Lawn Care and Stormwater

Keep your lawn green and the water blue. Using too much fertilizer and other lawn care products can cause water pollution. The same rain that helps turn your lawn green also washes excess fertilizers, pesticides, and other pollutants into the nearest creek, turning the water green, or worse. Much of it makes its way downstream to the Chesapeake Bay. Have your soil tested to determine how much fertilizer you really need. And use lawn care products as instructed on the product labels. Less is always more when it comes to water quality.


Fertilizer is a pollutant when it is washed off lawns and gardens into streams, rivers and other bodies of water. Fertilizer consists of plant nutrients that help plants grow and reproduce. In the water these nutrients feed naturally occurring algae and can lead  to massive algae blooms, particularly during the warm summer months. An algae bloom is an explosion in the algae population that turns the water green, shutting out sunlight needed by bottom-growing plants and leading to oxygen depletion that kills fish, oysters, crabs and other aquatic creatures.

How does Fertilizer Cause Fish Kills?

It might seem strange that an overabundance of plants (algae) can cause a reduction in the amount of oxygen available to other aquatic organisms. There are two ways that algae blooms remove oxygen from the water.

  1. While plants use the energy in sunlight to take in carbon dioxide and give off oxygen during the day, at night plants take in oxygen and give off carbon dioxide. Most fish kills occur in the early morning hours.

  2. The life cycle of individual algae is quite short. During an algae bloom billions of the microscopic organisms die and sink to the bottom, where they begin to decompose as they are consumed by bacteria. Bacteria consume oxygen, adding to the effect described in #1, leading to a severe drop in the amount of oxygen available in the water.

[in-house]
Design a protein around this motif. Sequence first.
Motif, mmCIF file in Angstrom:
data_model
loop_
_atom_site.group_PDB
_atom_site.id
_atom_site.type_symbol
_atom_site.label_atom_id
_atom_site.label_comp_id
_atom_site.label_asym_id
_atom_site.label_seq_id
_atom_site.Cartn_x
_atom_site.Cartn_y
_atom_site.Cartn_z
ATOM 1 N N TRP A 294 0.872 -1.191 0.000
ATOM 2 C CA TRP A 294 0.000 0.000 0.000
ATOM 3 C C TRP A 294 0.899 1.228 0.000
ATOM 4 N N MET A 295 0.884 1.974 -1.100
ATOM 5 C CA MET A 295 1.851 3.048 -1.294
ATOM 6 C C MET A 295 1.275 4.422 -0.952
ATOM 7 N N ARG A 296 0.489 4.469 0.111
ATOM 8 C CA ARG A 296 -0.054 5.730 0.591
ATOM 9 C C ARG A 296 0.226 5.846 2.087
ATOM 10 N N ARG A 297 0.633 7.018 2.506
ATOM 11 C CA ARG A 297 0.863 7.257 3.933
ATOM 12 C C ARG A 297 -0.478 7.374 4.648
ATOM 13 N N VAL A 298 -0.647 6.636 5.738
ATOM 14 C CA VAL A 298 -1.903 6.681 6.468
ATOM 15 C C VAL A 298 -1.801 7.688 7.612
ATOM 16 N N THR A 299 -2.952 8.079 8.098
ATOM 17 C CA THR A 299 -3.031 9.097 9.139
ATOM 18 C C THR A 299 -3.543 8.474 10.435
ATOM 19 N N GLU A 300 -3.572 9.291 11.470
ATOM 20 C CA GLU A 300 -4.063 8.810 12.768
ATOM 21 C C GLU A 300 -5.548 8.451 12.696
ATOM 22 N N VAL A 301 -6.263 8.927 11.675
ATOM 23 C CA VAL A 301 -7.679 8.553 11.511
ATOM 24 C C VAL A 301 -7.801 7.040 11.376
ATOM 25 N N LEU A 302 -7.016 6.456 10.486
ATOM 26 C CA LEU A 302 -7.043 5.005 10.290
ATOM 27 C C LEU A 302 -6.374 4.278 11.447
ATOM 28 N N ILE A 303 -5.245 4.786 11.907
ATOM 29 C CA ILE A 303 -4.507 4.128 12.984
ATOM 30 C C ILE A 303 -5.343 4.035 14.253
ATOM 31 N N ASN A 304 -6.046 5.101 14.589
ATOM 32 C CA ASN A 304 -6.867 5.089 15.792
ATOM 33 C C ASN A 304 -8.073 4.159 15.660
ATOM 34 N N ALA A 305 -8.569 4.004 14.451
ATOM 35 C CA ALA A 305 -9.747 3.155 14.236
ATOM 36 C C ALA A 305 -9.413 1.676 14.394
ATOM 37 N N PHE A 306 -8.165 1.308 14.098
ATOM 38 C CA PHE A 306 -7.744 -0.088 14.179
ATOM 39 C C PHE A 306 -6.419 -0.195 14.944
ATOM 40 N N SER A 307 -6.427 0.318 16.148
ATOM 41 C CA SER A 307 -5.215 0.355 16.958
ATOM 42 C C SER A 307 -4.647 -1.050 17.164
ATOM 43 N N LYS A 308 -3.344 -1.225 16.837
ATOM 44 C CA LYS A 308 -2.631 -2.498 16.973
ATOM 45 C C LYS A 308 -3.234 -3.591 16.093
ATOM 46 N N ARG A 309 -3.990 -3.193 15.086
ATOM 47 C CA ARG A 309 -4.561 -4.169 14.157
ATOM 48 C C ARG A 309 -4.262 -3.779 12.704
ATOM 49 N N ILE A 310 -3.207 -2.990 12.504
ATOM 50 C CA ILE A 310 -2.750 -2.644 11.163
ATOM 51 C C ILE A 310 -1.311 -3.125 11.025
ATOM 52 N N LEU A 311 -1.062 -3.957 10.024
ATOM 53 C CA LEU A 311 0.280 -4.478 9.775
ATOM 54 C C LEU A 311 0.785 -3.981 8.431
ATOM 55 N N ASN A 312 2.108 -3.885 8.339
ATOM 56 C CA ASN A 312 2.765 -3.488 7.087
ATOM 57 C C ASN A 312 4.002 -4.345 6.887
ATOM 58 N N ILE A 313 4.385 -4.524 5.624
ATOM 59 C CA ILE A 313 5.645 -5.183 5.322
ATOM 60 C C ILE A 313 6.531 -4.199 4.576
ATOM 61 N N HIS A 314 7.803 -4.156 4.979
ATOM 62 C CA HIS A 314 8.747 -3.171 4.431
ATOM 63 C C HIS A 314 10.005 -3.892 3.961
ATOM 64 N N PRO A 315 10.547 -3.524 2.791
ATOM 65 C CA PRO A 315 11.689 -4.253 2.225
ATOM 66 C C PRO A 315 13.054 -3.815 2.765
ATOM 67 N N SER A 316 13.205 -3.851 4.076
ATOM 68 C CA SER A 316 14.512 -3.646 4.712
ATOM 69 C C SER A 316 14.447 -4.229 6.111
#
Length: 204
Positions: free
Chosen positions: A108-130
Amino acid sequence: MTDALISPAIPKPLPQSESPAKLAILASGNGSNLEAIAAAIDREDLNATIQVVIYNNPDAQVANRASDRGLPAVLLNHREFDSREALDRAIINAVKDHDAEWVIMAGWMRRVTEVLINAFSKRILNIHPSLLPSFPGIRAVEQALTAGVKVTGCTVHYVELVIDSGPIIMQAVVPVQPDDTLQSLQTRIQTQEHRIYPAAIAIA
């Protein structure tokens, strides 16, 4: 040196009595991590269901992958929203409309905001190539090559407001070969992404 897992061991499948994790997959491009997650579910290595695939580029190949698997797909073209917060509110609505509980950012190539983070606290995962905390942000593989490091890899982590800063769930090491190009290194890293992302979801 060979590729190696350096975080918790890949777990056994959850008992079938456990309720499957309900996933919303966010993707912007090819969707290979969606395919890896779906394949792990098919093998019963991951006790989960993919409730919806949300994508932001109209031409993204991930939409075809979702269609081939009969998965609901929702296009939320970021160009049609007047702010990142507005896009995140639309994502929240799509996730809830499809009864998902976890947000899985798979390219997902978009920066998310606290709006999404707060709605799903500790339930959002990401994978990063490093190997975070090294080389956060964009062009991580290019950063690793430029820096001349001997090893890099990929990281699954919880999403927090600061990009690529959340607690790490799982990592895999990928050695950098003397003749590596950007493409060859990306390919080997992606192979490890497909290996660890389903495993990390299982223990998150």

Responsible Use of Fertilizer

The best way to prevent water pollution by fertilizer is to apply no more fertilizer than can actually be used by the plants you are tending.  Some practices which will limit the amount of fertilizer available to be washed into stormdrains and streams are:

  1. Have your soil tested. Based on a soil test, you can apply exactly the kinds and amounts of nutrients that the grass on your lawn needs to grow (any more than that is wasted and is left behind to wash away into local streams).  The Virginia Cooperative Extension Service will test your soil for $7.00. In Albemarle County and the City of Charlottesville the VCE can be contacted at (434) 872-4580.

  2. After having your soil tested, follow the instructions that come with commercial fertilizer to make sure you apply no more than is required.

  3. Apply fertilizer in the fall when it is most beneficial to cool season grasses and least likely to end up in runoff.

  4. In town, avoid leaving fertilizer on hard surfaces such as sidewalks and driveways where they are most likely to be washed into a storm drain, where it will end up in a stream. Sweep fertilizer off hard surfaces onto the lawn or into the garden.

  5. If possible, avoid applying fertilizer just before a rain storm.

Other Lawn Care Products

Much of what applies for fertilizers applies equally well to other lawn care products such as pesticides and weed killers. Follow the instructions which accompany the product and take care not to over apply. Herbicides in the class of RoundUp should be applied on a sunny day, as the harmful components in the product break down very quickly in sunlight. Be very careful not to apply RoundUp and similar herbicides near a stream or pond as the substance does not break down in water and is particularly  harmful to aquatic organisms such as frogs.

Mowing the Lawn

Don't cut your grass too short. Leaving grass at least 2 or 3 inches tall is better for the health of a lawn. Keeping a lawn even longer helps prevent erosion, filters out pollutants that can be washed into storm drains and streams and keeps it healthier during the drier and hotter days of summer. Leaving grass clippings on a lawn reduces the need for fertilizer and reduces the amount of waste disposed of in landfills.

Read Your Weeds: A Simple Guide to Creating a Healthy Lawn Complete with a chart of various weeds that can help you diagnose any  deficiencies affecting your lawn, this pdf document discusses the most common problems and the best way to solve them in an environmentally friendly manner.
A Virginian's Year Around Guide to Lawn Care (3.3 MB) Tips and techniques for healthy gardens. Published by the Department of Conservation and Recreation and the chesapeake Bay Program.

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